(HOUSTON) — Tuesday’s fire in the Montrose area and another on Wednesday at a church in The Heights are good reminders of the importance of a speedy response by the Houston Fire Department. When you add the possibility of having a fire truck or ambulance out of service because of budget issues, it is cause for concern.
Thankfully, the fire department was not in an official brownout situation during either of those incidents.
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In fact, only an hour before Tuesday’s construction site fire started, Fire Chief Terry Garrison told News 92 FM that all engines were running and only a couple of ambulances were out of service that day. Whether those two ambulances were part of the original seven units taken out of service over a month ago is not clear. Those units were taken out of service days before the actual brownout plan went into operation, and were not part of the plan presented to city council by Chief Garrison a week earlier.
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Here is the part that concerns firefighters and citizens as well: HFD says more than 90 units responded to the scene on Tuesday, with more than 400 personnel. Thats hundreds of firefighters and their apparatus at one place at the same time.
With that in mind, even if a brownout did not directly affect the area where the fire was burning, trucks, equipment and firefighters from dozens of other stations were tied up with that situation, leaving the rest of the city vulnerable. That is not a good situation to be in with a full staff of firefighters, but HFD admits it is way understaffed. And based on projections made by Houston Professional Firefighters’ Association President Brian Sky Eagle, it will take years to get enough new hires through their training and certification before they can begin to work.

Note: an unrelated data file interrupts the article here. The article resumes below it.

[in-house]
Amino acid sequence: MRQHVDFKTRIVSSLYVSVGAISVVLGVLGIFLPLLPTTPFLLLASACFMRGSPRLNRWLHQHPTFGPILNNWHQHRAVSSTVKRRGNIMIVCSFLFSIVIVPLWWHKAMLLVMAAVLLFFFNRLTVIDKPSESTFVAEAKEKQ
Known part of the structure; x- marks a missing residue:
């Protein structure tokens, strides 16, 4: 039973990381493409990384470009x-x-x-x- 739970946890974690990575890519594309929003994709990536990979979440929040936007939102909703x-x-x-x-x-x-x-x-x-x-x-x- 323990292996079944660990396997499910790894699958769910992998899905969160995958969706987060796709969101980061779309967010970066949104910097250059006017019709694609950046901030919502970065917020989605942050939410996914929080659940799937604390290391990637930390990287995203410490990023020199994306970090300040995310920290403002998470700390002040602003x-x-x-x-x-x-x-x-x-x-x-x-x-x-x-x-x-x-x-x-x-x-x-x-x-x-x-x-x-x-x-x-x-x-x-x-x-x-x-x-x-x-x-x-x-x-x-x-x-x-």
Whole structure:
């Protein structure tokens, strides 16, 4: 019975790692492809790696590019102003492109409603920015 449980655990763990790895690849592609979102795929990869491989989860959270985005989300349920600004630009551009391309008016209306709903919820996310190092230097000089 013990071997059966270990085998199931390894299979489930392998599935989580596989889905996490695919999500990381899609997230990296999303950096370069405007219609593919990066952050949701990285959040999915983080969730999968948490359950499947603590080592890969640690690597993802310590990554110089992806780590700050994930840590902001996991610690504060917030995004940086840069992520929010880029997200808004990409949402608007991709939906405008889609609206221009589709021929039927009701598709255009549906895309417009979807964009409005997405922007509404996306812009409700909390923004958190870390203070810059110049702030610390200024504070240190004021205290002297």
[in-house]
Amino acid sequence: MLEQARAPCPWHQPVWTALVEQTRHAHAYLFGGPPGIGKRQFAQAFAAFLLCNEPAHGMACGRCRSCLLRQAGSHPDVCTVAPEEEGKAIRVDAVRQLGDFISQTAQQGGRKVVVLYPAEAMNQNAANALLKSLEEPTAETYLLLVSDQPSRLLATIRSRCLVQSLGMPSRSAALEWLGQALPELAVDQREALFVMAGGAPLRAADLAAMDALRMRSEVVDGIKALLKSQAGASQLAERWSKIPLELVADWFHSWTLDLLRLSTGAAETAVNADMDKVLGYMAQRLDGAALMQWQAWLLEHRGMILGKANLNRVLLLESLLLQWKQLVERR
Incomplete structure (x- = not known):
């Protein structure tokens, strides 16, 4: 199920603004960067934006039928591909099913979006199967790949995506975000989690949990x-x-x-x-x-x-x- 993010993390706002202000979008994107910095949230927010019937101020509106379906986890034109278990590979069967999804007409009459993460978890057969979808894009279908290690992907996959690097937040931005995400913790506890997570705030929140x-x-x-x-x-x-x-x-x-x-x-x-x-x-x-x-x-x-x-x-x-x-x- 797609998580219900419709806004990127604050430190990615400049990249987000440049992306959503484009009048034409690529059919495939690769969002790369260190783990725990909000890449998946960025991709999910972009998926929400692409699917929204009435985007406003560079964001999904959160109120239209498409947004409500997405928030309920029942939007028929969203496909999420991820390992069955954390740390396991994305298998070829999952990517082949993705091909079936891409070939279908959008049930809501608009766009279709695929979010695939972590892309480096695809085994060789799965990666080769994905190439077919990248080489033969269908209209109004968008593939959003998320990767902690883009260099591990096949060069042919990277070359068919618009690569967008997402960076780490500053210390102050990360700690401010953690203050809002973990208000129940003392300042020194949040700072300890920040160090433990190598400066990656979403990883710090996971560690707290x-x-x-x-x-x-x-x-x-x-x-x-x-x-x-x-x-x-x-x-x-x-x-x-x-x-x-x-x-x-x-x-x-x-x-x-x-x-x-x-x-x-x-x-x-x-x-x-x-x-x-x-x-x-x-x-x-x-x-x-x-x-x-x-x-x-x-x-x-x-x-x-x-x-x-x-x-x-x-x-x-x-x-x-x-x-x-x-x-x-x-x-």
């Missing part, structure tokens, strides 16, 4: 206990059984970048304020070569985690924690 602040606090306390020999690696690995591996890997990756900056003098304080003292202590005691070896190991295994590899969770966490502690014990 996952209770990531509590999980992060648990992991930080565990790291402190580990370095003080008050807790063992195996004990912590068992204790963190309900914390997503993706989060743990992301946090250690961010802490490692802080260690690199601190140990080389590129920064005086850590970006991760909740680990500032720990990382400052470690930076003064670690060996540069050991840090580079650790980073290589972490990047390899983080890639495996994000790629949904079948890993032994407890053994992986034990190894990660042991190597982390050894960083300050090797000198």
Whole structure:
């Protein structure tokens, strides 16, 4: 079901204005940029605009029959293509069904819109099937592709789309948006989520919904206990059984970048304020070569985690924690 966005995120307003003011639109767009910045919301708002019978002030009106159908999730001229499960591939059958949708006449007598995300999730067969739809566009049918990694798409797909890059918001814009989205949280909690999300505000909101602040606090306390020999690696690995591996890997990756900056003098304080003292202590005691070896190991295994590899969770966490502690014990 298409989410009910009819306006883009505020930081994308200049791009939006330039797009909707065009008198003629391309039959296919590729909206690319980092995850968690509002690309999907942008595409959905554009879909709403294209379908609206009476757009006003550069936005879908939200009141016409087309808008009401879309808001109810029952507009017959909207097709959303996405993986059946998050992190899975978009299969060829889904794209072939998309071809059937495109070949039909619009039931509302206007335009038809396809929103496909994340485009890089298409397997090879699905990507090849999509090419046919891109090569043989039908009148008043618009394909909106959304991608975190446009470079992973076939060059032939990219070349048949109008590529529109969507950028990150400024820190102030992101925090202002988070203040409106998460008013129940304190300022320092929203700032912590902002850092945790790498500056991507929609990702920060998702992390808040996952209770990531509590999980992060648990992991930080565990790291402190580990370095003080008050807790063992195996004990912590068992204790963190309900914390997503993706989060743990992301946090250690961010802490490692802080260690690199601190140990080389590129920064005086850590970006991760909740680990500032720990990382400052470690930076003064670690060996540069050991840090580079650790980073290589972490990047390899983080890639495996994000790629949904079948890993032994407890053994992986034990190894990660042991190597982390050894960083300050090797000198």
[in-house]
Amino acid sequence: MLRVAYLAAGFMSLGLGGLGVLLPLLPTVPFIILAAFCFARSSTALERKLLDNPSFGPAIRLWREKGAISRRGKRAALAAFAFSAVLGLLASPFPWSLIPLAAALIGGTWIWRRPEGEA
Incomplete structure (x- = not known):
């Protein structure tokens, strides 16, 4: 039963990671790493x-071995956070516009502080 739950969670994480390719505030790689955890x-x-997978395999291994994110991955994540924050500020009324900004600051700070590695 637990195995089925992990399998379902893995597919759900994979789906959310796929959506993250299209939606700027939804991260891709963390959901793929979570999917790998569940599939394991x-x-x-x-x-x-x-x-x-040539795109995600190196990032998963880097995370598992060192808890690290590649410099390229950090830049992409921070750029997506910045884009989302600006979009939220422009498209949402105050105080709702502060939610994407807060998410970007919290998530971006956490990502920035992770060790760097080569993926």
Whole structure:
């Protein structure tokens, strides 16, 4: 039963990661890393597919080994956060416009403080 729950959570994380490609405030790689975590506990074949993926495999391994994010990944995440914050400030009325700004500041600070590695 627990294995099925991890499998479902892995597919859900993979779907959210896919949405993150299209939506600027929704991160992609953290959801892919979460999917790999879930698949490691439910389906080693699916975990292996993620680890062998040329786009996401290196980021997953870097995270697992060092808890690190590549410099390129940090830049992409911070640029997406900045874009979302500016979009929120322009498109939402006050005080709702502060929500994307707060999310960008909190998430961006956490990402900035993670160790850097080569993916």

Mayor Annise Parker was asked Wednesday after the weekly City Council session, if she would reconsider the brownout plan after seeing the massive response necessary to get control of Tuesday’s fire. Her answer was a simple no.
Parker says any number of things could delay the response times during emergencies, including traffic, accidents and other unexpected delays. The mayor added that she has no idea if a brownout would have slowed the response time to the fire and emphasized that she is not the one who makes the decision on which units get parked for the day when there’s not enough firefighters to fill all the seats.
That brings us back to Chief Garrison’s initial reaction to the idea of brownouts: People in need of EMS will just have to suffer longer, and houses and buildings will have to burn a little bit longer.
The brownout plan continues through the end of the fiscal year, on June 30.